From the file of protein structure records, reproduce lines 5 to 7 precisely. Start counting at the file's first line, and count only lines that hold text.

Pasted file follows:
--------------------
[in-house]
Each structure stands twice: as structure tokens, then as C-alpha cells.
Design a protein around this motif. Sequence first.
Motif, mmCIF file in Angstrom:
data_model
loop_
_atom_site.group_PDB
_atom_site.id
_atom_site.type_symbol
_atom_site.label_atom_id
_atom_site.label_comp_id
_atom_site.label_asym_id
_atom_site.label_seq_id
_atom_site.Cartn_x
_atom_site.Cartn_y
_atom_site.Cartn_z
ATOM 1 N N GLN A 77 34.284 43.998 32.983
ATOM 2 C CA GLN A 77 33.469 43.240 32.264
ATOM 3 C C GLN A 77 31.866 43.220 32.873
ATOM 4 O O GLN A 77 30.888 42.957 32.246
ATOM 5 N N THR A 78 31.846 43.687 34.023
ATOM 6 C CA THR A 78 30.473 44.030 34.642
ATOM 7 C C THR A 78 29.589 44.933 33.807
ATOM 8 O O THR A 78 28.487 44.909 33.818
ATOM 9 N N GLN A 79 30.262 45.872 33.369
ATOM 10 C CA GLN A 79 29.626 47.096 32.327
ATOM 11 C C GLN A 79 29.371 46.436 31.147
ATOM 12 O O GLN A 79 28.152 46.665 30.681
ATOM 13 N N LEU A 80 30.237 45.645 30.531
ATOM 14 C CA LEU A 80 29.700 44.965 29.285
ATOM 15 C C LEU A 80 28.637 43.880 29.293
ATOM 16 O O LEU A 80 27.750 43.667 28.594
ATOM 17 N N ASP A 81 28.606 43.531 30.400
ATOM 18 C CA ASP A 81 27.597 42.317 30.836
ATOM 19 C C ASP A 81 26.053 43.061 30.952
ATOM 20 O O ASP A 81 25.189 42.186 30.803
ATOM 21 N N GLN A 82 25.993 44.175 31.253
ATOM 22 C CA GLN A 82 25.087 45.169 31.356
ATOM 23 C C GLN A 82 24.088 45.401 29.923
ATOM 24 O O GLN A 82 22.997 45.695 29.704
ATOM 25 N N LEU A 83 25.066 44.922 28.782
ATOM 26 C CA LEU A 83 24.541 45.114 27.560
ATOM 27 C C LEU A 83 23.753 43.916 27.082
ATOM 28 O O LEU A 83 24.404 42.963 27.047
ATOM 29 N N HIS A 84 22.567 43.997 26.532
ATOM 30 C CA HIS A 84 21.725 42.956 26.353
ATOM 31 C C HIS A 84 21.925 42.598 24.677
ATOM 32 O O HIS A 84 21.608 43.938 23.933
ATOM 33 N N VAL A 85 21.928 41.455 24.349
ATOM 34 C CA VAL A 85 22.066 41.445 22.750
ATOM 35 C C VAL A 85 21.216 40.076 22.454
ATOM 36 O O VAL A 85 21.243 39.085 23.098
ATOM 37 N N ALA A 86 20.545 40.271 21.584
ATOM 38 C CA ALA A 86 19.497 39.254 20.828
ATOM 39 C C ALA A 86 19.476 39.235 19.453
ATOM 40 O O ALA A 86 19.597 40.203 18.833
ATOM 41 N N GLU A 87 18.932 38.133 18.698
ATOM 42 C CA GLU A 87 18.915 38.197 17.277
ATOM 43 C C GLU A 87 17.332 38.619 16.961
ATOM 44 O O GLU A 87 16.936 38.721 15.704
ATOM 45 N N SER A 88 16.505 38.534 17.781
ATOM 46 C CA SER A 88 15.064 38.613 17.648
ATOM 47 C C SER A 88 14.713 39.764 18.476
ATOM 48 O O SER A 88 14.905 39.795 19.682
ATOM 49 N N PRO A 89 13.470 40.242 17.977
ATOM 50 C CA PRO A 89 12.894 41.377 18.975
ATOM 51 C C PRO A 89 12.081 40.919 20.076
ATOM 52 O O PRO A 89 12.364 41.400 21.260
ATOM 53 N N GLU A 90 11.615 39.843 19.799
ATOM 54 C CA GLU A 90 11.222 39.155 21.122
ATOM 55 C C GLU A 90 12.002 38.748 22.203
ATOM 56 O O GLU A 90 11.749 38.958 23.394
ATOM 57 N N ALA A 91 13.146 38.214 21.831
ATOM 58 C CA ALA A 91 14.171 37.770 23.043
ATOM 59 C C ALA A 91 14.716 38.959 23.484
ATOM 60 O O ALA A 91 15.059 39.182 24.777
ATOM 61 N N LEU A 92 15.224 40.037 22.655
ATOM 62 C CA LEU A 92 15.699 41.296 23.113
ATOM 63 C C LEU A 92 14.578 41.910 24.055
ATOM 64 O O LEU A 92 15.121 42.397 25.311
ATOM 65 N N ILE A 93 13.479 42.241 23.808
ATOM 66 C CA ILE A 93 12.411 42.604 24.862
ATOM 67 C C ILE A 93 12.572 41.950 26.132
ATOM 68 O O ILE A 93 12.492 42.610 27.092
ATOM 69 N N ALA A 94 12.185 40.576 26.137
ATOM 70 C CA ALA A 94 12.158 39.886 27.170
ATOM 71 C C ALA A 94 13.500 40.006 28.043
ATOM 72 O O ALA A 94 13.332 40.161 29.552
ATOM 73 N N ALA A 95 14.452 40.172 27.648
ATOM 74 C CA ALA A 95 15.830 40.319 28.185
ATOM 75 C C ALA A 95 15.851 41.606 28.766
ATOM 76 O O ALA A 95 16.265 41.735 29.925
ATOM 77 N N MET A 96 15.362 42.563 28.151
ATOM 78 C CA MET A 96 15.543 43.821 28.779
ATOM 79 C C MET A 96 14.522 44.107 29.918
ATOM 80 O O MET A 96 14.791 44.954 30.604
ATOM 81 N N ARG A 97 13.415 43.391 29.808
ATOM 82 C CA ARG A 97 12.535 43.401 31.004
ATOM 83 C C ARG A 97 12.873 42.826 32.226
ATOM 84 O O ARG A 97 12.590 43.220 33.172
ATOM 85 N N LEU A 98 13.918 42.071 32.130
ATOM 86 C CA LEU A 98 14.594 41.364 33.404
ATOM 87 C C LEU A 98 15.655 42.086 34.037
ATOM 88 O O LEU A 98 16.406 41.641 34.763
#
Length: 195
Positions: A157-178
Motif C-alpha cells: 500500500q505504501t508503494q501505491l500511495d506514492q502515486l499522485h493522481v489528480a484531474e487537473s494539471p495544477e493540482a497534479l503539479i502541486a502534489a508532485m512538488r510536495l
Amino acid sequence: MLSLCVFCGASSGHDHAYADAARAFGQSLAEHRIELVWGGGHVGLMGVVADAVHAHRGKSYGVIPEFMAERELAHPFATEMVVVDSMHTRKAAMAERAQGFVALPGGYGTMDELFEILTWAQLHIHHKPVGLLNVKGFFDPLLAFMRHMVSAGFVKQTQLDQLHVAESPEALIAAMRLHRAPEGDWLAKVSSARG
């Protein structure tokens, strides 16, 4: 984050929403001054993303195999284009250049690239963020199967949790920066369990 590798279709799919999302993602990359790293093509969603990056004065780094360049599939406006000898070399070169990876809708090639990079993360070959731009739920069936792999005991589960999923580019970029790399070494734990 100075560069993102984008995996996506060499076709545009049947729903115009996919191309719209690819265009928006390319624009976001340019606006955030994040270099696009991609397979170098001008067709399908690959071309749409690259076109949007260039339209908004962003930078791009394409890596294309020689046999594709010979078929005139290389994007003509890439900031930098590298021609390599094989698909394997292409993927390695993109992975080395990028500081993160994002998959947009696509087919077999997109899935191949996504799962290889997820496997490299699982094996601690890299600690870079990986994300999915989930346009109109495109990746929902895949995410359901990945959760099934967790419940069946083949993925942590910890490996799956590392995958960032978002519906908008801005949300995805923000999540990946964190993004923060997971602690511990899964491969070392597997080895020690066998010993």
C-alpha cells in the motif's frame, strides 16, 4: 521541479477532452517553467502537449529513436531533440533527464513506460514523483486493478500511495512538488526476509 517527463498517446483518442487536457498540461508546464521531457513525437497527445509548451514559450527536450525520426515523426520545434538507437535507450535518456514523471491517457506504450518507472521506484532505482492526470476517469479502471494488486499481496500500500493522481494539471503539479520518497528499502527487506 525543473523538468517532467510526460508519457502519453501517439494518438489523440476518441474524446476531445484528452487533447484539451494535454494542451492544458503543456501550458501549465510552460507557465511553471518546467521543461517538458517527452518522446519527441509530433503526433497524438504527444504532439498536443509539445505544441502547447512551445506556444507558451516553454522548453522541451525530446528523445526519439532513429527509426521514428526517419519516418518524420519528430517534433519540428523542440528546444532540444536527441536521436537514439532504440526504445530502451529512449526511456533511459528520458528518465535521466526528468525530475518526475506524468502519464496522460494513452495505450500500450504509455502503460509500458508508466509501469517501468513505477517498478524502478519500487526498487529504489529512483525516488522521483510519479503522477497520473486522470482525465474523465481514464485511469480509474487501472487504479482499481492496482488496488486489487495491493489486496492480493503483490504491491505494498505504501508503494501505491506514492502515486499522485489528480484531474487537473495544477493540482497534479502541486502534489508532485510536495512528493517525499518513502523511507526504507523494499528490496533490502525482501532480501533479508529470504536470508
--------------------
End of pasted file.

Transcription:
data_model
loop_
_atom_site.group_PDB